"The first grant I ever won was from this course [Action Research Seminar]. I was
teamed up with a crisis center in downtown Bloomington and I wrote a $500 grant to
help replace their phone systems for their suicide number.
When I went to Kazakhstan I was able to use that knowledge in an international context
to help the NGOs I was working with. Basically build their plans, implement new projects
and come up with new ideas."
The grants that your organization writes—what do they cover?
I can talk about the ones that we've done in the past. For example, disaster relief.
If you remember the tsunamis that hit India, we would help rebuild houses. We've done
some work with Katrina, helping with disaster response and food relief programs in
Our largest funder is USAID. Some of those grants range from $100,000 to over $100
There's an urgency in a conflict region, or a conflict situation. But political systems
can take time to evolve. Can you give your thoughts on what may be two different timeframes?
Some projects and proposals that we write that take months, sometimes half a year.
But if there's something that's gone very wrong—people didn't have food, didn't have
shelter — it tends to be that we can apply for funding very fast. Some governmental
agencies, like the United Nations Development Program, are very good at getting those
Between graduating and coming to Washington, D.C., what did you do in the Peace Corps?
They don't joke around when they say it's the toughest job you'll ever love. I was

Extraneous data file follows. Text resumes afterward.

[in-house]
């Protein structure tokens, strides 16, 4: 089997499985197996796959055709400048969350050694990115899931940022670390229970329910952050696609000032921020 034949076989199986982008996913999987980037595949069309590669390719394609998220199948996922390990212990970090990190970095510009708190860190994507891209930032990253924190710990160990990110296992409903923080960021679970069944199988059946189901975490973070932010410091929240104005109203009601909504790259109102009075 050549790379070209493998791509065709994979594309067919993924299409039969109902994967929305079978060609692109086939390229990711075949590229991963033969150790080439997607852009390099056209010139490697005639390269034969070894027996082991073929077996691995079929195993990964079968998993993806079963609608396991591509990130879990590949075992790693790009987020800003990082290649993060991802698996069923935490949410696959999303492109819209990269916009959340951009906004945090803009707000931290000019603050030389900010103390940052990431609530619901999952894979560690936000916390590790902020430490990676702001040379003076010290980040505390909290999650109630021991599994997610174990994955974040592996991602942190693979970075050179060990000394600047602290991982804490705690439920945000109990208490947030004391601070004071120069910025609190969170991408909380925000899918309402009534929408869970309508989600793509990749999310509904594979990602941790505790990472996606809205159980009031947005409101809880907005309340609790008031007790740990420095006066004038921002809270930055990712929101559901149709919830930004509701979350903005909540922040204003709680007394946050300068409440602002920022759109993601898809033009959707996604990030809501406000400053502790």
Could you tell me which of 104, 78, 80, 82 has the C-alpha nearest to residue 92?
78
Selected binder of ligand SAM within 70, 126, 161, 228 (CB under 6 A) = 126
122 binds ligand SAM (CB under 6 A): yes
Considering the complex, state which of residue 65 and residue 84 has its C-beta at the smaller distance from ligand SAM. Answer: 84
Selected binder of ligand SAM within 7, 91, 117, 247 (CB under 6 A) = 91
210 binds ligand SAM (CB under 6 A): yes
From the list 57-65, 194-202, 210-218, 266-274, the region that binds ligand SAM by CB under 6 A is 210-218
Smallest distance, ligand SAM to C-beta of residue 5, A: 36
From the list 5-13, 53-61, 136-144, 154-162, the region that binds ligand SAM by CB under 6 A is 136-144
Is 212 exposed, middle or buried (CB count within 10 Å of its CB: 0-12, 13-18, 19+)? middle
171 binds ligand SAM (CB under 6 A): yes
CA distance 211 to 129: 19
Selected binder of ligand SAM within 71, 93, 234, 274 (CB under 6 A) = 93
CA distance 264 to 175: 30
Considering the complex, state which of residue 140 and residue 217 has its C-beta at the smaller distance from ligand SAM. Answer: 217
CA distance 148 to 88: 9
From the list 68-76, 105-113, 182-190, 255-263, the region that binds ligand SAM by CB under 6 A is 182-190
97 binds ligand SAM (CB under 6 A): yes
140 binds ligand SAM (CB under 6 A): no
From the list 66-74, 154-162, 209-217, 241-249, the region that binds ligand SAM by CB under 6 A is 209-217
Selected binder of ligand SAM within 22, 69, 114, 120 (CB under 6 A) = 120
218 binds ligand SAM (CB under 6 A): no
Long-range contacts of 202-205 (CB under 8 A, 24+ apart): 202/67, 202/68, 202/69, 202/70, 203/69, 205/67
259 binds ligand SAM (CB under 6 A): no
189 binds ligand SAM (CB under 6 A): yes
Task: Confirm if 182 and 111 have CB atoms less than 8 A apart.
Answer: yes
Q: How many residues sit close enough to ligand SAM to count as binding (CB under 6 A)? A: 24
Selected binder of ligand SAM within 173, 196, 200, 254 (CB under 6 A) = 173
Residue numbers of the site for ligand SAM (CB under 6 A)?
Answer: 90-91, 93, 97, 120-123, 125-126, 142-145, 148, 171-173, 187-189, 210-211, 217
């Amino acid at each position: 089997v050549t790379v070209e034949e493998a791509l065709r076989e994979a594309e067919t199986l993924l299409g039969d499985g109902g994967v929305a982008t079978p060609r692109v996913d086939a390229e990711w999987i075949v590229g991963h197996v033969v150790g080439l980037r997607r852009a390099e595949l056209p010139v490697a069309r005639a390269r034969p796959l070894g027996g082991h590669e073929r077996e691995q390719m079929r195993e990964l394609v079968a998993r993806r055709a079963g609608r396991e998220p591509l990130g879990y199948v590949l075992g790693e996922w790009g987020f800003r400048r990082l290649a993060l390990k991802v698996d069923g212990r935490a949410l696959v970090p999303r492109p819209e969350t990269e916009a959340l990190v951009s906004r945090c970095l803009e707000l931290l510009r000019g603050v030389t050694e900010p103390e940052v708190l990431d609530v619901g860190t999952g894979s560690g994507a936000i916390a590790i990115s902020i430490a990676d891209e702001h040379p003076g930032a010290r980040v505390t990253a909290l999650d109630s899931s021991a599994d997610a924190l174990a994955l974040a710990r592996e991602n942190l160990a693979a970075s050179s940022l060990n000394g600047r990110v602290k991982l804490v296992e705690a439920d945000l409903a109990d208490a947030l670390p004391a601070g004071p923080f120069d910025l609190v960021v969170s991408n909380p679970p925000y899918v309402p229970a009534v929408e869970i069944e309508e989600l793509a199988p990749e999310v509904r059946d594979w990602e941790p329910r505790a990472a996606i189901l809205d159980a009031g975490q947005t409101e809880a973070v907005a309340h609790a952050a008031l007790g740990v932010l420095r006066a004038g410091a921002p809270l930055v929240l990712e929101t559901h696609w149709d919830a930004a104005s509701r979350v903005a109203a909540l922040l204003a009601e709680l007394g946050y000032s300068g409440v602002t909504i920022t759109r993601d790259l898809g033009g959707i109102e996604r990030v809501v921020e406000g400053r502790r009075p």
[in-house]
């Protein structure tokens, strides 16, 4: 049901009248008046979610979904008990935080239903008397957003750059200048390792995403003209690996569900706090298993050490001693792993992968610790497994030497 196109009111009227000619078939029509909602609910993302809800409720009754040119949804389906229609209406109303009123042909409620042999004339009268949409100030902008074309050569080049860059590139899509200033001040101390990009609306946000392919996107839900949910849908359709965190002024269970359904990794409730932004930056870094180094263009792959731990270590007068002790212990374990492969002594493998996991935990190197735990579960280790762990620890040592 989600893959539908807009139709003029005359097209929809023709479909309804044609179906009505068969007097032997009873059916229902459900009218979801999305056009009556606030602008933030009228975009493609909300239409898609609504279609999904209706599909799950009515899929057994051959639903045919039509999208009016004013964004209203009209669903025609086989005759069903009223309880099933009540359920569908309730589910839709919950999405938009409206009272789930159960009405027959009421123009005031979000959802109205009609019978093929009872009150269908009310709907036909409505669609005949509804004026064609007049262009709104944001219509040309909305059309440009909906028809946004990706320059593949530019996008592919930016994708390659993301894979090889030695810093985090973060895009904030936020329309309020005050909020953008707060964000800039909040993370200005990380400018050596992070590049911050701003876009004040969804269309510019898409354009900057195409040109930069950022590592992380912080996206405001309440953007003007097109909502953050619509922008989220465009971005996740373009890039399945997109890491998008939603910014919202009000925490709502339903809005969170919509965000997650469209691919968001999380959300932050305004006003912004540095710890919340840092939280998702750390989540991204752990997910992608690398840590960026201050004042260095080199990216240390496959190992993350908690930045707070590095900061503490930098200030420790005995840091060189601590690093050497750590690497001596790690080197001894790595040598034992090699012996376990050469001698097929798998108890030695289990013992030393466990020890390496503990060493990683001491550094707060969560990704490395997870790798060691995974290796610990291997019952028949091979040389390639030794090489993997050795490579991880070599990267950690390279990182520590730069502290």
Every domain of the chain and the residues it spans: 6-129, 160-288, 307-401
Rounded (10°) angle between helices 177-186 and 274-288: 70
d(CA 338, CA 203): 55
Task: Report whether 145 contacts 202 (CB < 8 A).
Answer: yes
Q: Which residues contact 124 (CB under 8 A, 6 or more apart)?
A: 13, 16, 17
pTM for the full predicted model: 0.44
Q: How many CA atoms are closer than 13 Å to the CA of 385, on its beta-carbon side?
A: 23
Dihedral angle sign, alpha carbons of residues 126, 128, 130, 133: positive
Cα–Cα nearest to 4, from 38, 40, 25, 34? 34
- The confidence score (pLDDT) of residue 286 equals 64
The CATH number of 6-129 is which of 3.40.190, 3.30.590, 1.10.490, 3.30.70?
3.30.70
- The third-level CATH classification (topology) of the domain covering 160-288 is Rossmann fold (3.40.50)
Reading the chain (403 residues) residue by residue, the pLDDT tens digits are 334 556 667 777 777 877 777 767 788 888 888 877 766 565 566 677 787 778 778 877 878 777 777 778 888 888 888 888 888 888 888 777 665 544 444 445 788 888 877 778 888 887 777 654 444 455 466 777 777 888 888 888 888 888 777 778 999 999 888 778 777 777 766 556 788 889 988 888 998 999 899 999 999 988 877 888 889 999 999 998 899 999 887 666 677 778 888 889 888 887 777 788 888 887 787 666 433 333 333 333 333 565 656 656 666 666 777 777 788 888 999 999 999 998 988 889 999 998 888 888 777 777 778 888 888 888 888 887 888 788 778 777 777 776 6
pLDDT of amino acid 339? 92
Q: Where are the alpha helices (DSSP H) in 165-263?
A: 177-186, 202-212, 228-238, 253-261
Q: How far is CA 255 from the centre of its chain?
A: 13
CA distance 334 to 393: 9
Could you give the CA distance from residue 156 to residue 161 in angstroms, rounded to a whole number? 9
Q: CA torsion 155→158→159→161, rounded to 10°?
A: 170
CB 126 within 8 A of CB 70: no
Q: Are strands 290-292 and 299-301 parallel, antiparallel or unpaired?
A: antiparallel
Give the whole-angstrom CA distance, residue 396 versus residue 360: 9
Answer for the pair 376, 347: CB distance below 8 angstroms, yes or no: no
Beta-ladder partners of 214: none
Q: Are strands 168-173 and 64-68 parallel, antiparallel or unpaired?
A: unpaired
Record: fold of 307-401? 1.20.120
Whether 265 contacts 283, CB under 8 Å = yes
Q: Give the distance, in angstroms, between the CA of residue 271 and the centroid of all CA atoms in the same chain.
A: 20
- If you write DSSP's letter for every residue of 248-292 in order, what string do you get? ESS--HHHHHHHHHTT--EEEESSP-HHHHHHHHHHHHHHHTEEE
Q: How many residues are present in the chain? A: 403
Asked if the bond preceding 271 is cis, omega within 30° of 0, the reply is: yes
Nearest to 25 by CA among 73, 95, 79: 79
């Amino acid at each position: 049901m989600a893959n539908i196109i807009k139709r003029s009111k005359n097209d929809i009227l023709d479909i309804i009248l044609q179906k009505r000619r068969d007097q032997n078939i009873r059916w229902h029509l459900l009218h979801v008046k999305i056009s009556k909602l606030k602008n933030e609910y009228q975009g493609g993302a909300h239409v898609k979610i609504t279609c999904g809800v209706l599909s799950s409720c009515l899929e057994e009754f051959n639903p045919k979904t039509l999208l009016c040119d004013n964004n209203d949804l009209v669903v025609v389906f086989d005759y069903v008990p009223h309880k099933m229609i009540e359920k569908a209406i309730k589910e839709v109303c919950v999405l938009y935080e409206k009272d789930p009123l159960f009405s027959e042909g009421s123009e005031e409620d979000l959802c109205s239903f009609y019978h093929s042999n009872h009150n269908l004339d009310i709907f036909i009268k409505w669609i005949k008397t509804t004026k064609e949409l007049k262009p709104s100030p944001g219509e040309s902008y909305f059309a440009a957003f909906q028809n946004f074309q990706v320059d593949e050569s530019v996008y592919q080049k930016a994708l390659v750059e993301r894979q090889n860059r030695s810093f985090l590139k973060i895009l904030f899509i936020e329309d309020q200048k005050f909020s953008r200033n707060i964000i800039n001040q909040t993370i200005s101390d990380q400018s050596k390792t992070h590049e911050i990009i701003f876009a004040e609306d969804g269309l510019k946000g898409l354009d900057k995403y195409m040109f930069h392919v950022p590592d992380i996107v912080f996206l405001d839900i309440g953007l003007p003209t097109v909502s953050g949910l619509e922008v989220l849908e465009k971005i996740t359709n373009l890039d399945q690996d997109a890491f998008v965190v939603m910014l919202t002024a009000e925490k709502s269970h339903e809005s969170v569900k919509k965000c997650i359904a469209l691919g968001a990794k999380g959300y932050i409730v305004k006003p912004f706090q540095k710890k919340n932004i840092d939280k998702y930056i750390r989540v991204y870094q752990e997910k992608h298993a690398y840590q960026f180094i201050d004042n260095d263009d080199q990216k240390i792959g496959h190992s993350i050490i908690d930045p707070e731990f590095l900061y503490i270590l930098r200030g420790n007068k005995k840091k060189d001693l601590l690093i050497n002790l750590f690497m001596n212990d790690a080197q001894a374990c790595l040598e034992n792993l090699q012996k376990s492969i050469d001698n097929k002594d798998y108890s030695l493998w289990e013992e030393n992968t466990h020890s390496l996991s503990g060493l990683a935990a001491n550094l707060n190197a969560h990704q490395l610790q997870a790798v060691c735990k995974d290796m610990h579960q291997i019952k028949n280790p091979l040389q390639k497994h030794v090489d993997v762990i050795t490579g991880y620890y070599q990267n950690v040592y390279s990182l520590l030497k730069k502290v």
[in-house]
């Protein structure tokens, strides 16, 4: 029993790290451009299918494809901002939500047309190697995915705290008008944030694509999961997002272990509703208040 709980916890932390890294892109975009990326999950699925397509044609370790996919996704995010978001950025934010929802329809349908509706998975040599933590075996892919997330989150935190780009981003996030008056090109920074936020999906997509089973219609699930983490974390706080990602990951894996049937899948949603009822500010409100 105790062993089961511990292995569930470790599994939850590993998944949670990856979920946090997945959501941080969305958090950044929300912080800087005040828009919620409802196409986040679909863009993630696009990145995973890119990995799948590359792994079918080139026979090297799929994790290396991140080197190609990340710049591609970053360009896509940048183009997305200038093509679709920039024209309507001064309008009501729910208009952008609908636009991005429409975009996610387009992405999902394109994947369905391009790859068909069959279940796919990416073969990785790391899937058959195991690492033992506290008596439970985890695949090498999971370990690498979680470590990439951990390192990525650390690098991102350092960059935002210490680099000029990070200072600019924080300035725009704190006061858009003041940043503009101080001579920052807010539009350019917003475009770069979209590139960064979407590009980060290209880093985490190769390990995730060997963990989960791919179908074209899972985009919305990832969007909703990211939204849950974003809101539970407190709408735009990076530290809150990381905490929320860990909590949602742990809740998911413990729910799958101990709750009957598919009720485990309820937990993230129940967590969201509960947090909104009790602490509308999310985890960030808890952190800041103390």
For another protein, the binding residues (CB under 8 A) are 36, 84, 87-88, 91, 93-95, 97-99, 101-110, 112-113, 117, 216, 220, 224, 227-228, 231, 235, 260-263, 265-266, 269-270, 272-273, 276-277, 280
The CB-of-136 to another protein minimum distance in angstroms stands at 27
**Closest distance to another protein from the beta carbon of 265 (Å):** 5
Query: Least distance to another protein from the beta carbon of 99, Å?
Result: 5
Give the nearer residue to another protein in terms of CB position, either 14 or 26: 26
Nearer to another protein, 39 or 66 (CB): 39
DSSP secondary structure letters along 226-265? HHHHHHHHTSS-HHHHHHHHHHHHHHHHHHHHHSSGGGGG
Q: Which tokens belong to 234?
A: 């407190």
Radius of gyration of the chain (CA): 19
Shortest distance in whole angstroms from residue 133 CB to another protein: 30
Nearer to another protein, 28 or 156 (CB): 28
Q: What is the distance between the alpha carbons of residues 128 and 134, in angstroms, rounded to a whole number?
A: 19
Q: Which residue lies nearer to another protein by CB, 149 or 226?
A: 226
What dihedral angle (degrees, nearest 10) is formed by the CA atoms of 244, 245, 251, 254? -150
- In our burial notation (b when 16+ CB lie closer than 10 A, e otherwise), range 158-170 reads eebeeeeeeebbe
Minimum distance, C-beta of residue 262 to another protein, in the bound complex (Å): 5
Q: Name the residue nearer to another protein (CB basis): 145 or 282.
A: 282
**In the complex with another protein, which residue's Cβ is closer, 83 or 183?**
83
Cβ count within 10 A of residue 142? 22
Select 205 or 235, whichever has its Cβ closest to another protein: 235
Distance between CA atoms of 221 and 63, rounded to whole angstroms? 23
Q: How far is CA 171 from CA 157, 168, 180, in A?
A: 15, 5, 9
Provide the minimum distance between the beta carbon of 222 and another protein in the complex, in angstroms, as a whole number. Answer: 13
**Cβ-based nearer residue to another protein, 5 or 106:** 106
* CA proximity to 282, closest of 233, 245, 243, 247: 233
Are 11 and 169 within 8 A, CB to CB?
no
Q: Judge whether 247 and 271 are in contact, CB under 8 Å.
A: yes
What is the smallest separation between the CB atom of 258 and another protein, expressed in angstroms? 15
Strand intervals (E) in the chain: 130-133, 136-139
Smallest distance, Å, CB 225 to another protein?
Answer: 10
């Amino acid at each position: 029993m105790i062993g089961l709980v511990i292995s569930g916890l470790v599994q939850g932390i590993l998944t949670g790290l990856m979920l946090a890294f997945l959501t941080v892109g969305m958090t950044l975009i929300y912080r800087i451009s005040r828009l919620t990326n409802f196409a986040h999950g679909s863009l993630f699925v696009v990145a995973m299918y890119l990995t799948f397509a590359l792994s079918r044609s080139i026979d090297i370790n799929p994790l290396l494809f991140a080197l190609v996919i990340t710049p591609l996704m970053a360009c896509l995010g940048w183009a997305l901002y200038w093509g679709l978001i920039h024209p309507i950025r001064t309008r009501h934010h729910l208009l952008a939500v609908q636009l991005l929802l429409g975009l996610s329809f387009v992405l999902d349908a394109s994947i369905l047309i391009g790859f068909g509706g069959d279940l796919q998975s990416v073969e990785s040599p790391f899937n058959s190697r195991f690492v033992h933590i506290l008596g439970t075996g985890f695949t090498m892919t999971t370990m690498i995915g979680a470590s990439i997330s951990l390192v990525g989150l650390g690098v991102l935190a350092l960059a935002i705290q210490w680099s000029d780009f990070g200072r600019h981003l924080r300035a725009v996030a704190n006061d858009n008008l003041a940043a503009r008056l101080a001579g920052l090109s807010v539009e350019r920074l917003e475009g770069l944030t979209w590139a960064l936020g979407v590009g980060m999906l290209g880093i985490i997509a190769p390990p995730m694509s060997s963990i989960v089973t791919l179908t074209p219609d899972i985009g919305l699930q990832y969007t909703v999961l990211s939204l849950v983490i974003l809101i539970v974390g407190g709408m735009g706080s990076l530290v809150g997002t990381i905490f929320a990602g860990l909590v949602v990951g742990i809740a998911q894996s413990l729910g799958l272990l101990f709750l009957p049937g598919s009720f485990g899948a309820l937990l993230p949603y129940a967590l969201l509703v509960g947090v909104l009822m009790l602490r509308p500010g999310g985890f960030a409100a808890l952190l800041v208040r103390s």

stationed in Kazakhstan for two years as an NGO development volunteer.
Then I came back and moved out to Washington, D.C., I worked for the National Endowment
for the Humanities, putting together events held at the White House and the Kennedy
Center. Now I'm an assistant grant writer.
You’ve always had strong emphasis on writing and language. How did you develop those
skills in your coursework?
I was a political science major so I had to write a lot for my courses. I remember
having 10- or 12-page papers due every week. And for my senior seminar, I wrote about
50 pages alone on the European Union and what I thought would happen to it in the
I know how to speak Russian, Kazakh, and a little bit of German. German I studied
in school but I found it very useful when I went to Kazakhstan, because I didn’t speak
any Russian at the time but the person who taught me Russian didn't speak any English.
We used German as a common language until I spoke enough Russian to be understood.
Your study abroad was in Germany?
I studied in Freiburg im Breisgau, in the southwest corner of Germany. There is a
European Union Program and you would travel to about 13-15 countries talking to officials,
local people, municipal governments asking questions like: how do you feel about the
European Union today? How did you feel about it in the past? What do you think about
it for the future? I put a lot of the data I collected from that it into my senior
“I feel like very few schools allow you to kind of pursue all of those different things
that you like to do so aggressively. And that was the reason why I picked Illinois